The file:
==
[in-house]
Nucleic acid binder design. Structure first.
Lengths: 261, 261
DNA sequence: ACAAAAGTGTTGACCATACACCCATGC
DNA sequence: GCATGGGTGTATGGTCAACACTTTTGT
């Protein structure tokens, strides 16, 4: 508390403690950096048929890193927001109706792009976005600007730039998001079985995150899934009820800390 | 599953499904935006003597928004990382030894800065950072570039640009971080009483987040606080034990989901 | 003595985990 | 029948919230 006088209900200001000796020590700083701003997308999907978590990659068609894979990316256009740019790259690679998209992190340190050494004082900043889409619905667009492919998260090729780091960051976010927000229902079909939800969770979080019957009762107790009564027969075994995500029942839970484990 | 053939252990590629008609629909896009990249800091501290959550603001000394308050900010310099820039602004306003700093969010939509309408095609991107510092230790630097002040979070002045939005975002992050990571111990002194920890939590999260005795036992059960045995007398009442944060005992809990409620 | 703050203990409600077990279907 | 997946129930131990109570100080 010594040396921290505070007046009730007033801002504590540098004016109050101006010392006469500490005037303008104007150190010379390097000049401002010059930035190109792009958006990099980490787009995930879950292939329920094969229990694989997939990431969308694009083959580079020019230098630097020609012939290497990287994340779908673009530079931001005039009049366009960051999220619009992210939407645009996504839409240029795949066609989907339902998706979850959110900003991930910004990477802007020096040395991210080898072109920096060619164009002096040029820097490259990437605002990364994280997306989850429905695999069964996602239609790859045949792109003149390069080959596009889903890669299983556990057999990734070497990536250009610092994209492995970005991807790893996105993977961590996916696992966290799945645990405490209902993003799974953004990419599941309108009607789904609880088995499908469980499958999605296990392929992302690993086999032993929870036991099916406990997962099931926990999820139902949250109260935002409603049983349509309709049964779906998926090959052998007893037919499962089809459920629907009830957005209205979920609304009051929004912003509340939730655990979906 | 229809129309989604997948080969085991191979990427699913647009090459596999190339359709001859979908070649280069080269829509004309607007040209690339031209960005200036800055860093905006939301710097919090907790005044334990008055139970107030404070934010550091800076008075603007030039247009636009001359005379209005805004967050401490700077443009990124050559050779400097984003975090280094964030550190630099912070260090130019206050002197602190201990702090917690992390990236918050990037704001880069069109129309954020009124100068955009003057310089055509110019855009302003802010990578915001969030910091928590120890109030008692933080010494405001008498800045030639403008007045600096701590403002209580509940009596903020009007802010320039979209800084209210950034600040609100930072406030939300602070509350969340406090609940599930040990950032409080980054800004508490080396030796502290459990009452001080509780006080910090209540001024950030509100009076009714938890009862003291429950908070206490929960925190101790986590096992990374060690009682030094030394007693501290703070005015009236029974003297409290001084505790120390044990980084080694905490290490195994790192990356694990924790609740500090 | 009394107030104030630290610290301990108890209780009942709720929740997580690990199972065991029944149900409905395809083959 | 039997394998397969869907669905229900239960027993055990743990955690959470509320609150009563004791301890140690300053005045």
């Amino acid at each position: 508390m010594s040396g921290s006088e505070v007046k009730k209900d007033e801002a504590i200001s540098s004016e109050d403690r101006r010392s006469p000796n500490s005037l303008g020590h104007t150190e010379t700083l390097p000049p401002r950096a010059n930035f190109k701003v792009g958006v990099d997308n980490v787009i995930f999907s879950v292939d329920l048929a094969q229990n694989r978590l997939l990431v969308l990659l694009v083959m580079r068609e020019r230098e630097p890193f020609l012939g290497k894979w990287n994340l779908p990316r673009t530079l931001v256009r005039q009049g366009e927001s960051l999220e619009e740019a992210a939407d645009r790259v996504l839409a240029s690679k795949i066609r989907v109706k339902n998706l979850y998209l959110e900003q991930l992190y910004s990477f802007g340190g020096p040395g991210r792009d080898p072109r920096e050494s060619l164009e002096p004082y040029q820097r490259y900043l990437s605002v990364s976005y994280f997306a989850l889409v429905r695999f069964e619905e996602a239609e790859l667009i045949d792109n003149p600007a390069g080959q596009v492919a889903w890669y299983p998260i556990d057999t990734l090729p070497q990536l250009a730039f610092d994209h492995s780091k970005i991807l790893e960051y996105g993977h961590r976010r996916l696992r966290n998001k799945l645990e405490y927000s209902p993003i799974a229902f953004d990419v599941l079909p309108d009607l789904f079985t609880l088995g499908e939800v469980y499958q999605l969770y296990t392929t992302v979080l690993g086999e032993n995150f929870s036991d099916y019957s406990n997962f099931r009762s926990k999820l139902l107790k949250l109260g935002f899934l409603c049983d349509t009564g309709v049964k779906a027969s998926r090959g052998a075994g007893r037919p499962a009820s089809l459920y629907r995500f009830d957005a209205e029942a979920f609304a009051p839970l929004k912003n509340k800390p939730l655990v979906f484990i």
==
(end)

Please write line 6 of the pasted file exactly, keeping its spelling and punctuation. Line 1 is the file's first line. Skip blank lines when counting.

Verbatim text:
């Protein structure tokens, strides 16, 4: 508390403690950096048929890193927001109706792009976005600007730039998001079985995150899934009820800390 | 599953499904935006003597928004990382030894800065950072570039640009971080009483987040606080034990989901 | 003595985990 | 029948919230 006088209900200001000796020590700083701003997308999907978590990659068609894979990316256009740019790259690679998209992190340190050494004082900043889409619905667009492919998260090729780091960051976010927000229902079909939800969770979080019957009762107790009564027969075994995500029942839970484990 | 053939252990590629008609629909896009990249800091501290959550603001000394308050900010310099820039602004306003700093969010939509309408095609991107510092230790630097002040979070002045939005975002992050990571111990002194920890939590999260005795036992059960045995007398009442944060005992809990409620 | 703050203990409600077990279907 | 997946129930131990109570100080 010594040396921290505070007046009730007033801002504590540098004016109050101006010392006469500490005037303008104007150190010379390097000049401002010059930035190109792009958006990099980490787009995930879950292939329920094969229990694989997939990431969308694009083959580079020019230098630097020609012939290497990287994340779908673009530079931001005039009049366009960051999220619009992210939407645009996504839409240029795949066609989907339902998706979850959110900003991930910004990477802007020096040395991210080898072109920096060619164009002096040029820097490259990437605002990364994280997306989850429905695999069964996602239609790859045949792109003149390069080959596009889903890669299983556990057999990734070497990536250009610092994209492995970005991807790893996105993977961590996916696992966290799945645990405490209902993003799974953004990419599941309108009607789904609880088995499908469980499958999605296990392929992302690993086999032993929870036991099916406990997962099931926990999820139902949250109260935002409603049983349509309709049964779906998926090959052998007893037919499962089809459920629907009830957005209205979920609304009051929004912003509340939730655990979906 | 229809129309989604997948080969085991191979990427699913647009090459596999190339359709001859979908070649280069080269829509004309607007040209690339031209960005200036800055860093905006939301710097919090907790005044334990008055139970107030404070934010550091800076008075603007030039247009636009001359005379209005805004967050401490700077443009990124050559050779400097984003975090280094964030550190630099912070260090130019206050002197602190201990702090917690992390990236918050990037704001880069069109129309954020009124100068955009003057310089055509110019855009302003802010990578915001969030910091928590120890109030008692933080010494405001008498800045030639403008007045600096701590403002209580509940009596903020009007802010320039979209800084209210950034600040609100930072406030939300602070509350969340406090609940599930040990950032409080980054800004508490080396030796502290459990009452001080509780006080910090209540001024950030509100009076009714938890009862003291429950908070206490929960925190101790986590096992990374060690009682030094030394007693501290703070005015009236029974003297409290001084505790120390044990980084080694905490290490195994790192990356694990924790609740500090 | 009394107030104030630290610290301990108890209780009942709720929740997580690990199972065991029944149900409905395809083959 | 039997394998397969869907669905229900239960027993055990743990955690959470509320609150009563004791301890140690300053005045």